#1
Hi guys, great site you have here, been reading for hours trying to sort what kit will be best for myself....an old biscuit tin with an elastic band would be more tuneful most likely!

OK, I used to play the piano..only to 3rd level but always fancied learning to play bass, I have left it very late (45 years old now) and always loved jazz funk, so see myself more into learning slap 'n pop once the basics sort themselves out....I am a complete novice, I do know which end to blow though.....

Started out wanting a Ibanez jump start and then thought, if I like it I will only have buy all new again?

Then, I settled towards a Yamaha RBX-170 (in the ye olde classic old violin sunburst, my wife likes the color ) not many have a bad word to say about them for what you get for you money.

.....been thinking about practice amps all week for home use ONLY, and sort of decided on a Orange Crush RB20 and then have been told by many shops that they are being discontinued

So then settled on a Laney Richter RB1 Bass Combo.....and then thought, hang on all I'm going to do is plug my head phones to play most of the time so may as well just buy a Vox headphone amp only to be told that they bass versions don't get a smile from those customers that have used them.

.....and was then told I may as well get a Zoom B2 pedal 'n headphones and this will do all I need for few years, with the added benifit of on-board tuner and drumbeat to improve timing etc.....phew we, got there in the end!


So two choices...the RBX170 I'm firm on, but a lil' practice amp and headphones or a Zoom 'n head phones...I could rest my beer on the amp but not the pedal, which may swing it.

any thoughts welcome gentleman (and ladies)

cheers for now

Richard

PS how do you such get a lovely deep, creamy, smooth 'n fat low end as found on this guys playing....well I like it

http://www.youtube.com/watch?v=oxL-EfMZOPA
Last edited by iconic at Mar 11, 2009,
#2
I'd get a practice amp and use headphones, because at some point someone will want to hear you play.
If music was the food of love I'd be a fat romantic slob.
#3
...wow, thanks for the prompt reply, I think it maybe a few years before anyone would have the courage

thanks for the advice
#4
yep i would get the amp, it will be funner to play esapecially when you dont have to use head phones. But small practise amps arent loud so you could get away with opuit earphones. Multi FXs units arent great but arent terrible.

Welcoke to the forum anyway, never to old to learn( im fiftenn so that sounds patronizing ilbet), but any q's just ask away.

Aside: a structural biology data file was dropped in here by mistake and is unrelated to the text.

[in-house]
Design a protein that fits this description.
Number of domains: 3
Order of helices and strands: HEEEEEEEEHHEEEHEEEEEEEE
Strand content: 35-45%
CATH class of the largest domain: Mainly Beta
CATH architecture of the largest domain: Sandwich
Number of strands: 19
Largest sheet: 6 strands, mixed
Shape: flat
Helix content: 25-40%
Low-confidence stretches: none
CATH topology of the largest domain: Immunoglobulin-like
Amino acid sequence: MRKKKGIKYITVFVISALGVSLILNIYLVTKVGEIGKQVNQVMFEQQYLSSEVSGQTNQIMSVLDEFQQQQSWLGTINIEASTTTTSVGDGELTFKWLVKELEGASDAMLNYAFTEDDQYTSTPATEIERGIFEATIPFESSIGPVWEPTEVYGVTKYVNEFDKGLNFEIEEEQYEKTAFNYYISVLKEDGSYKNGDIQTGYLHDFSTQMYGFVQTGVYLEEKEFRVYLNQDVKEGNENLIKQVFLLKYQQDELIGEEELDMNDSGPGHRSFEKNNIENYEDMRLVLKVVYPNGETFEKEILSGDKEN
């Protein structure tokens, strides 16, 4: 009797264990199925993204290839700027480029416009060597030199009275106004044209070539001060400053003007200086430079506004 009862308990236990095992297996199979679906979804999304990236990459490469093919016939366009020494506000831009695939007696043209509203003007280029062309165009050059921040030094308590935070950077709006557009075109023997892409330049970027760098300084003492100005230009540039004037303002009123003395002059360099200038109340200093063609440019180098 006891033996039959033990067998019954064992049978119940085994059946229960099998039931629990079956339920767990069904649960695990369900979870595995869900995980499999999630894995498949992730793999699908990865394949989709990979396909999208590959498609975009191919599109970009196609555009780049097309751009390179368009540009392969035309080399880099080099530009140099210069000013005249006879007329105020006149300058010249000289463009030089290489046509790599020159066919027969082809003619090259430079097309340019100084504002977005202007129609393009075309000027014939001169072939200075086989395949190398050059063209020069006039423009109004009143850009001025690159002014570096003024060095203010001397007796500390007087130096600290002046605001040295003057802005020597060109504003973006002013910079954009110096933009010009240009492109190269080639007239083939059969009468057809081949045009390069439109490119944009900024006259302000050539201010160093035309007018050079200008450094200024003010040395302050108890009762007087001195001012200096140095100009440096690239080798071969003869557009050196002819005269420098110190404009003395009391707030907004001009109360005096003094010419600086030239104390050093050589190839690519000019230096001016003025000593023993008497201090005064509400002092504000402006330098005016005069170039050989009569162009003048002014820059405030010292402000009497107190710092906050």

Yamaha TRB1006
Fender MIA jazz bass
Hora Hybrid double bass
Hartke lh 500
Ev 606L
Epiphone les paul
#6
That Orange amp you found is quite nice, even though its being discontinued. You may want to check out the Orange Crush practice amp lines. Hartke and Ashdown also have some nice options in the practice combo. I would concur on getting headphones + amp to play on.

For other basic bass facts, check out the FAQ. Great set of info on amps, basses and anything else you need to get started.

And no, its never too old to start. I am slightly older than you and started playing bass after years of being a guitarist. And welcome to the forums--as everyone has already said, if you have questions we're here to help.
#7
Another advantage of the amp over headphones is that its impossible to play with other people with the pedal. Bearing in mind that group playing is on the best ways to improve, and great fun, you wouldn't want to cut yourself out of that option. While that might sound a little far off perhaps, you'd be surprised at the number of people who pick up instruments later on (although, I panic about my father's desire to play drums, not quite as much as my grandpa's newfound passion for sportscars...) and Ive met of plenty of people who get together for beginner jam sessions and play covers etc... or even just play with their kids.
I must also confess to being sceptical about the faithfulness of a pedal and headphone combo with regards to your bass' tone. This isnt founded on any science, but Ive always looked at the size of speakers amps use, then at headphones, and wondered, but I suppose there must be headphones good enough.
Vis a vis deep low end, and Im sorry I cant be more specific as I cant be playing Youtube clips at volume at work, you will likely struggle with conventional practice amps (Im thinking starter pack amps, I dont know about the Orange) and headphones, but my recommendations would be to play with fingers or thumb, nearer the neck of your bass, and to use your amp/pedal EQ to boost bass and cut treble. Bear in mind that the gent in the video is using a 5-string, and the low B offers low end generally unavailable to a 4-string.
Hope that helped.
#8
thanks for the helpful replies, i bought a yamaha RBX374 as it was on offer at only £189 (active pick ups) and got a call back from one of the shops i spoke with earlier to say they had found an orange crush 20b afterall! Headphones, tuner, lead, strap, stand n bag, only need some talent now! Cheers guys (post by txt hence no page breaks)
#9
The tone you hear on that video is just the result of a decent player with decent equipment. I'm not actually that impressed, it seems a little too stereotypical door-rattle sub style, but basically you get tone you like by learning how to play your instrument. Eventually, you will get tired of your starting equipment, and by then you should know better what sounds you want and how to get them.

Welcome back to the wonderful world of music, and good luck with the bass!
I have:
Acoustic B200H+B115 cab, Schecter Stiletto Custom 4, Rondo Fretless, Boss EQ-7.

Some men just want to watch the world burn. And they work at Behringer.